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Logo of arthrestherBioMed Centralbiomed central web sitesearchsubmit a manuscriptregisterthis articleArthritis Research & Therapy
 
Arthritis Res Ther. 2012; 14(3): R136.
Published online 2012 June 7. doi:  10.1186/ar3869
PMCID: PMC3446519

Properties and usefulness of aggregates of synovial mesenchymal stem cells as a source for cartilage regeneration

Abstract

Introduction

Transplantation of mesenchymal stem cells (MSCs) derived from synovium is a promising therapy for cartilage regeneration. For clinical application, improvement of handling operation, enhancement of chondrogenic potential, and increase of MSCs adhesion efficiency are needed to achieve a more successful cartilage regeneration with a limited number of MSCs without scaffold. The use of aggregated MSCs may be one of the solutions. Here, we investigated the handling, properties and effectiveness of aggregated MSCs for cartilage regeneration.

Methods

Human and rabbit synovial MSCs were aggregated using the hanging drop technique. The gene expression changes after aggregation of synovial MSCs were analyzed by microarray and real time RT-PCR analyses. In vitro and in vivo chondrogenic potential of aggregates of synovial MSCs was examined.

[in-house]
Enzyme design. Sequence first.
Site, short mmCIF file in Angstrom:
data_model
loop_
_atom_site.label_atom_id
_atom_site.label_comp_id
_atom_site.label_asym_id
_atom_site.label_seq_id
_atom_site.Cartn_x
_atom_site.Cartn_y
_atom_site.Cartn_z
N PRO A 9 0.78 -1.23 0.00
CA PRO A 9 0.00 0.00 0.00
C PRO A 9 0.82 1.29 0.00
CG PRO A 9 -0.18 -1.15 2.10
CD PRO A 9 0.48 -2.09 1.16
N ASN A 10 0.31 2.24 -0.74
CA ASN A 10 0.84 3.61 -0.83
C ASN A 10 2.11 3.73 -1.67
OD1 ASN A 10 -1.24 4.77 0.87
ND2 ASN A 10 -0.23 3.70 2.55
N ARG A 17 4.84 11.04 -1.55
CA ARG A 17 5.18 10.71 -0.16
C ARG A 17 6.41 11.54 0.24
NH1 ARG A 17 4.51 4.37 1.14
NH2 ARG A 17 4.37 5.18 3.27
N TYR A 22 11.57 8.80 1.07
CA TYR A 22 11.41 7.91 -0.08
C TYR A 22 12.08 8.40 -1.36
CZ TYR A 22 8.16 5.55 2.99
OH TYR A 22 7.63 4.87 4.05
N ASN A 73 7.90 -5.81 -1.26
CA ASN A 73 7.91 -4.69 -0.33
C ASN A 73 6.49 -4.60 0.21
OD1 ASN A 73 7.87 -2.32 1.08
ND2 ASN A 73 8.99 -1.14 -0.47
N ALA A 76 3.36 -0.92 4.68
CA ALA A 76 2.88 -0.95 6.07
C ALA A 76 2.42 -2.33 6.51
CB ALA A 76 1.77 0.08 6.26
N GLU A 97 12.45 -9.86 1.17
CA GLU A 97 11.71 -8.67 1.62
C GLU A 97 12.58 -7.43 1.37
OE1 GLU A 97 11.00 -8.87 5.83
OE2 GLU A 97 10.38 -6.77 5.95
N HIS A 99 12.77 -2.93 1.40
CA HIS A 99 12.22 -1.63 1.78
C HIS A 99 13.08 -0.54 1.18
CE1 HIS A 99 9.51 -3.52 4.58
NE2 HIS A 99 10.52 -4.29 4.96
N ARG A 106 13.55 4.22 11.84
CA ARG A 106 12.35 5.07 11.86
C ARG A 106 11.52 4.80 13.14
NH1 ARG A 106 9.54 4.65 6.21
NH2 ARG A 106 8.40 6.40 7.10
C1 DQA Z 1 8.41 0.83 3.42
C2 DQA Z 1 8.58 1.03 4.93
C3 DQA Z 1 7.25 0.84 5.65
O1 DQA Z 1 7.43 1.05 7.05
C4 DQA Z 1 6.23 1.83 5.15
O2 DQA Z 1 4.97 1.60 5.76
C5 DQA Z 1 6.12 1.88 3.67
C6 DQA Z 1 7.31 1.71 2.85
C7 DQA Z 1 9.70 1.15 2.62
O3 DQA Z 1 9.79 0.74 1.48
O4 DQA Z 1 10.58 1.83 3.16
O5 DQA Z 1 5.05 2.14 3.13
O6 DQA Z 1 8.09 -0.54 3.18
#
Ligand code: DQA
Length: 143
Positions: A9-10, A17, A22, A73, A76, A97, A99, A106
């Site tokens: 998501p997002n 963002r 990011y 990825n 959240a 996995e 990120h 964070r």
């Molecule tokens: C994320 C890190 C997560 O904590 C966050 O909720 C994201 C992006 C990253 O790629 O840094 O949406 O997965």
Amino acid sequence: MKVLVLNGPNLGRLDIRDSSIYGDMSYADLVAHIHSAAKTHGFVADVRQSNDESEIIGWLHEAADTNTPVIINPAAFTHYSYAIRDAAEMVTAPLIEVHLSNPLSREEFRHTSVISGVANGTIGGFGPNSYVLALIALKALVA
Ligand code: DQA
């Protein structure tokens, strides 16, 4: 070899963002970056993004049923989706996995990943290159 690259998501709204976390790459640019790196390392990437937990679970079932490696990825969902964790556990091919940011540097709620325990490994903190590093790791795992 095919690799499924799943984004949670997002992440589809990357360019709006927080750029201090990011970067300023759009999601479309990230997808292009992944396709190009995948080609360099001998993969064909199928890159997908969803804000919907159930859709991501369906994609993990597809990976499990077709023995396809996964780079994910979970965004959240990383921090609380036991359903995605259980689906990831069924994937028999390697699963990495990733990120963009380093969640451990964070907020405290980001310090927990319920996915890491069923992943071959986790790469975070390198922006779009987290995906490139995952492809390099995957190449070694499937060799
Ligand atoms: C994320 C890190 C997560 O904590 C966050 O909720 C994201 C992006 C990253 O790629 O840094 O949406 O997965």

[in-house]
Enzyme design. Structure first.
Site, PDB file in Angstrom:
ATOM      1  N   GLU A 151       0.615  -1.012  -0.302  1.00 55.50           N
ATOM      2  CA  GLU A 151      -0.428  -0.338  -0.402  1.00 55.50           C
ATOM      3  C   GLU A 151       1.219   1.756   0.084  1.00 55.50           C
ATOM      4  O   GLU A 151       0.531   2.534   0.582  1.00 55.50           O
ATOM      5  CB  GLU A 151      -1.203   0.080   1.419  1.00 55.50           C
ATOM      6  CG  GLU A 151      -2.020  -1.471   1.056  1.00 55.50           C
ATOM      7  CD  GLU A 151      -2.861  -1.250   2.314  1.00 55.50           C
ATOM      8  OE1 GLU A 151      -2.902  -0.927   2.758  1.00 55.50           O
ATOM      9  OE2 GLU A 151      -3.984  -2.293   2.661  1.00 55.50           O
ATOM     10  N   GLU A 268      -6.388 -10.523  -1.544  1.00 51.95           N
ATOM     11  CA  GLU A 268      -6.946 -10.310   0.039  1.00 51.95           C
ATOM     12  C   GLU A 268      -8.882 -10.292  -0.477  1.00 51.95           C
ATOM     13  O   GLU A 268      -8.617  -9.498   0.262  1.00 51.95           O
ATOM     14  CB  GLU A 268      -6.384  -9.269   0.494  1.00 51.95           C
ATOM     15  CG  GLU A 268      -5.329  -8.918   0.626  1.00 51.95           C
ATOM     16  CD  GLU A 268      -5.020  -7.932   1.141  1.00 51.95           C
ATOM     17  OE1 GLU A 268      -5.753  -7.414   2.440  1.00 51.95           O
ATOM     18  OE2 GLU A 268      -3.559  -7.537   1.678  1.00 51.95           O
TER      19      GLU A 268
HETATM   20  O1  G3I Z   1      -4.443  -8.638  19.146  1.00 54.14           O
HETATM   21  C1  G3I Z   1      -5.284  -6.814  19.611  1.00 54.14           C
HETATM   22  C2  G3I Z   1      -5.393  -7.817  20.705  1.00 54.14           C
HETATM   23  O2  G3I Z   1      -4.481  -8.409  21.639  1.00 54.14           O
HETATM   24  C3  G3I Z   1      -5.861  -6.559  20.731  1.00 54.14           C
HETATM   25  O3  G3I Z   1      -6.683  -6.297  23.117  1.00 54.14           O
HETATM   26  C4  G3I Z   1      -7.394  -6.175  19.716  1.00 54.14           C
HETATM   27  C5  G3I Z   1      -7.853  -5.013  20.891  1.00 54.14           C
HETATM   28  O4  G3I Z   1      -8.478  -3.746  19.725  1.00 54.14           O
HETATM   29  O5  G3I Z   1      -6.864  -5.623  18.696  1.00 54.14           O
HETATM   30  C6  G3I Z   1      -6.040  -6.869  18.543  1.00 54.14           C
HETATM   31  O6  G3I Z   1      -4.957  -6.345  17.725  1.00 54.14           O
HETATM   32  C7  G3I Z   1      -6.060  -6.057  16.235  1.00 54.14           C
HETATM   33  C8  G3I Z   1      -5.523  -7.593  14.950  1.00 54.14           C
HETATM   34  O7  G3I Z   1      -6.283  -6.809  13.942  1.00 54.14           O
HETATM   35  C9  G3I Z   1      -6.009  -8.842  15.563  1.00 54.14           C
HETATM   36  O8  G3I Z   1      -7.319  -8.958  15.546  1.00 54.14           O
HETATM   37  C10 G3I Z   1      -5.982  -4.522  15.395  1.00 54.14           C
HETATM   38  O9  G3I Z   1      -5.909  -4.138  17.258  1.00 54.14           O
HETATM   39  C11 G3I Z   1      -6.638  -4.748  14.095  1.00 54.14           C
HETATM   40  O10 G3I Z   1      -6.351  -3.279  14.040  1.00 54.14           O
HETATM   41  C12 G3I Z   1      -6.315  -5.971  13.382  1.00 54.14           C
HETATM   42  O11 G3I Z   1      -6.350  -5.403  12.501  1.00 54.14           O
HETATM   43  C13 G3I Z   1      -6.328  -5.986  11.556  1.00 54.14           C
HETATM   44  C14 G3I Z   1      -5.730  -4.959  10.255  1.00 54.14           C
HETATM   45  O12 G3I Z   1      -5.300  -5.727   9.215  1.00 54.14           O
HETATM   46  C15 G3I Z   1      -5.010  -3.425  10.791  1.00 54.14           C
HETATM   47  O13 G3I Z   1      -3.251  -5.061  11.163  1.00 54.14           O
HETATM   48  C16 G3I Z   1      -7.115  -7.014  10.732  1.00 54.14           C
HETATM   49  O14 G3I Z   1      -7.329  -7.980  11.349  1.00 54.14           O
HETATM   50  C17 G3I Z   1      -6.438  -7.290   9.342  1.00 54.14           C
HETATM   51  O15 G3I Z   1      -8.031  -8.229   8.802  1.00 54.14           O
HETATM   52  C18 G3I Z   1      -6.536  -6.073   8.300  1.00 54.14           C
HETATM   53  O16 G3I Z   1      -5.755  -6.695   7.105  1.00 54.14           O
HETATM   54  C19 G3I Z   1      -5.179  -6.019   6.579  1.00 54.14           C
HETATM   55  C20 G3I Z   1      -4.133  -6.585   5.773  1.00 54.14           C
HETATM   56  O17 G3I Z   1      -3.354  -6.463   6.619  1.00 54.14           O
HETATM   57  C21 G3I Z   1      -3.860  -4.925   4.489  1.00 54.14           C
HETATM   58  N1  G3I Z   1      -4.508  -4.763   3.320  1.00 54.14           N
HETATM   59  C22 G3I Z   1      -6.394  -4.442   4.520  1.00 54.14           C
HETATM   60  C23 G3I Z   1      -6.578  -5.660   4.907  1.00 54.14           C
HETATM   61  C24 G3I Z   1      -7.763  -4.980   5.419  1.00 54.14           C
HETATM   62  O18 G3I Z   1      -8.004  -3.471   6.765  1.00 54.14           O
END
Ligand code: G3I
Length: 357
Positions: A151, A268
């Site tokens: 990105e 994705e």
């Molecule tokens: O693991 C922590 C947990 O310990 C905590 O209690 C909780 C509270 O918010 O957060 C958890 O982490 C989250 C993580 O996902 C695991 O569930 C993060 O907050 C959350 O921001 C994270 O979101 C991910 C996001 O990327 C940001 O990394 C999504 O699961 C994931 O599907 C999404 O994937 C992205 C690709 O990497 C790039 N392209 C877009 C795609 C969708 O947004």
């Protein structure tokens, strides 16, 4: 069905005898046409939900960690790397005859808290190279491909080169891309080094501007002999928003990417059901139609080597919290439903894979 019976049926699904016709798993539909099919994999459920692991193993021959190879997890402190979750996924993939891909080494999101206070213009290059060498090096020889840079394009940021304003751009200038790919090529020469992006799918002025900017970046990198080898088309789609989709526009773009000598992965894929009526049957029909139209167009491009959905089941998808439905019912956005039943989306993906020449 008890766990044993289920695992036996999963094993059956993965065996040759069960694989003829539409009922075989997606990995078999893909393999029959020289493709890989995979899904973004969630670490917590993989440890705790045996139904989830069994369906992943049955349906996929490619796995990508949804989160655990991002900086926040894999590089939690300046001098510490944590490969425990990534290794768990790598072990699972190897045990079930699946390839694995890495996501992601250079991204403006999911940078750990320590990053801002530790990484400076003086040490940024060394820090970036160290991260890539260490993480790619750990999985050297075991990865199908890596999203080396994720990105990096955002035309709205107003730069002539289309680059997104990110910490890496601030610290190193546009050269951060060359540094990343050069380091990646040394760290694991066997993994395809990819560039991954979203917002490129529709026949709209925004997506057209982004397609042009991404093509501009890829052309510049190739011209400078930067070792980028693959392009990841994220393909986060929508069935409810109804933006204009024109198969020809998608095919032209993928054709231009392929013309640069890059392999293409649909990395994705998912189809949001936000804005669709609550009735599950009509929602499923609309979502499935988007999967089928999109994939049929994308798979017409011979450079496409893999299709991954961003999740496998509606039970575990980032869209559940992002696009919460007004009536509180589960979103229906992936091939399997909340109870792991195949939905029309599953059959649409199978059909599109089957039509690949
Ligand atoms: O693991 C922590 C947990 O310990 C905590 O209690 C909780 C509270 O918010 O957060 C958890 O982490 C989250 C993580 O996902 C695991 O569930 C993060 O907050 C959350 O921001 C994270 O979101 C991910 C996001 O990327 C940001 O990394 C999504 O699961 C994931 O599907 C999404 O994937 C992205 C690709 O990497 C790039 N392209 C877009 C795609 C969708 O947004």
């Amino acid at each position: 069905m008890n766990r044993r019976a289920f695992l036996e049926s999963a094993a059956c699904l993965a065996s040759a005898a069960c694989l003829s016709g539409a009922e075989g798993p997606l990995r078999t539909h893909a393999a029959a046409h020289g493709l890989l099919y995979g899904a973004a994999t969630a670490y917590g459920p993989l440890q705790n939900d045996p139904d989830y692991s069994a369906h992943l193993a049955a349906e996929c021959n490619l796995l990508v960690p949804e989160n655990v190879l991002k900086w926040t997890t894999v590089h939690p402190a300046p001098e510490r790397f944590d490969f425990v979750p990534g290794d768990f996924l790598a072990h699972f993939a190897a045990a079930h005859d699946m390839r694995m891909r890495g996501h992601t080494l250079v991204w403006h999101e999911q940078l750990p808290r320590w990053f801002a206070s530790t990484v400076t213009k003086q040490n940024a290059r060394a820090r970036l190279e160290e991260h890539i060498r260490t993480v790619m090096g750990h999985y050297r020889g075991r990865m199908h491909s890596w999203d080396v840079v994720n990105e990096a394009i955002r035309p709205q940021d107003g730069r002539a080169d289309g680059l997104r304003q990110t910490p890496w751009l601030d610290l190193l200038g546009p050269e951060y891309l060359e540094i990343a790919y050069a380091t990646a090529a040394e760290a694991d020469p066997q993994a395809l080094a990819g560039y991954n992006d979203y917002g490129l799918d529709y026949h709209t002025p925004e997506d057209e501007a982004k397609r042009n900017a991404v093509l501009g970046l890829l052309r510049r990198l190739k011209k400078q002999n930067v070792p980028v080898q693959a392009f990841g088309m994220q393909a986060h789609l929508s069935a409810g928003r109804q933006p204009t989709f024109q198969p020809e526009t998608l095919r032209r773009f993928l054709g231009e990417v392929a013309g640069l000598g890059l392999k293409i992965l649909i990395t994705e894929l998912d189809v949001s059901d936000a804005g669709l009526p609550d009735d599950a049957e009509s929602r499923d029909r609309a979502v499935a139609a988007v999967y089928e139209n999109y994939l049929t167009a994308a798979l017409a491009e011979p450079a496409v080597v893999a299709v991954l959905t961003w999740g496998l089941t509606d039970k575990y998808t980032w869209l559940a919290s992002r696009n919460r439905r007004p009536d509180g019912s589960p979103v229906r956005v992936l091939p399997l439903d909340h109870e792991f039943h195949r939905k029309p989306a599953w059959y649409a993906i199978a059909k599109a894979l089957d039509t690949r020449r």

Results

Aggregates of MSCs cultured for three days became visible, approximately 1 mm in diameter and solid and durable by manipulation; most of the cells were viable. Microarray analysis revealed up-regulation of chondrogenesis-related, anti-inflammatory and anti-apoptotic genes in aggregates of MSCs. In vitro studies showed higher amounts of cartilage matrix synthesis in pellets derived from aggregates of MSCs compared to pellets derived from MSCs cultured in a monolayer. In in vivo studies in rabbits, aggregates of MSCs could adhere promptly on the osteochondral defects by surface tension, and stay without any loss. Transplantation of aggregates of MSCs at relatively low density achieved successful cartilage regeneration. Contrary to our expectation, transplantation of aggregates of MSCs at high density failed to regenerate cartilage due to cell death and nutrient deprivation of aggregates of MSCs.

Conclusions

Aggregated synovial MSCs were a useful source for cartilage regeneration considering such factors as easy preparation, higher chondrogenic potential and efficient attachment.


Articles from Arthritis Research & Therapy are provided here courtesy of BioMed Central